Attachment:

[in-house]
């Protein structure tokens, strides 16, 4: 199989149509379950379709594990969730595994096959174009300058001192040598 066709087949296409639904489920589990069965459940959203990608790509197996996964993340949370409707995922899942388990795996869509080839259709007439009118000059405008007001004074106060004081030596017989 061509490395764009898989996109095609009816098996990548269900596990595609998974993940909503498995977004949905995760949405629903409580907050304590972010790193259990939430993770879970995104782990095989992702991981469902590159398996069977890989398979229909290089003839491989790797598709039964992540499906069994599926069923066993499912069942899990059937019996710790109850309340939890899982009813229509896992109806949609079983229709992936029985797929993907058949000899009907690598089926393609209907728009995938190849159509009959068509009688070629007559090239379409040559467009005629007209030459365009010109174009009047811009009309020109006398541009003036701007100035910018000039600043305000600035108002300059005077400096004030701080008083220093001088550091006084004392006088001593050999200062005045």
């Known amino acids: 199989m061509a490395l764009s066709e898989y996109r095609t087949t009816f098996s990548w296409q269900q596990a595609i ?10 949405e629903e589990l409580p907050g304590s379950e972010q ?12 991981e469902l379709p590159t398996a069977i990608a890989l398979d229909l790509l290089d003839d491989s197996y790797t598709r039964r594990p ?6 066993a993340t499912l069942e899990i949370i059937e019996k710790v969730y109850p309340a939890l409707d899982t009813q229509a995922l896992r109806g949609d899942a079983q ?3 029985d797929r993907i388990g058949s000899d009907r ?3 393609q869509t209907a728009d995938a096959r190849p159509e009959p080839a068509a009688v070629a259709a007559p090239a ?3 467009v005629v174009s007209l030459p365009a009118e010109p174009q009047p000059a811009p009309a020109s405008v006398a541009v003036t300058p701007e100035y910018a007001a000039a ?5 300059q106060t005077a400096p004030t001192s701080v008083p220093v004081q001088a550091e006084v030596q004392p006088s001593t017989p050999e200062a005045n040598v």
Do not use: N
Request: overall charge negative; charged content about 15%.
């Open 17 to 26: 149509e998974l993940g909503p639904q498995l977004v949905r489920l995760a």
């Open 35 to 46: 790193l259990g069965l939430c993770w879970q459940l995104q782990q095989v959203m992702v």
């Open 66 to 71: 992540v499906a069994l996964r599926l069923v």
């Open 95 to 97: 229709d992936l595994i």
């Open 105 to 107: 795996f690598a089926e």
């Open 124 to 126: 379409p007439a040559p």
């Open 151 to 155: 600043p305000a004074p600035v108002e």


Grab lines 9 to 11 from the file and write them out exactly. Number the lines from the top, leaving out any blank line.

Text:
């Open 95 to 97: 229709d992936l595994i």
């Open 105 to 107: 795996f690598a089926e």
């Open 124 to 126: 379409p007439a040559p």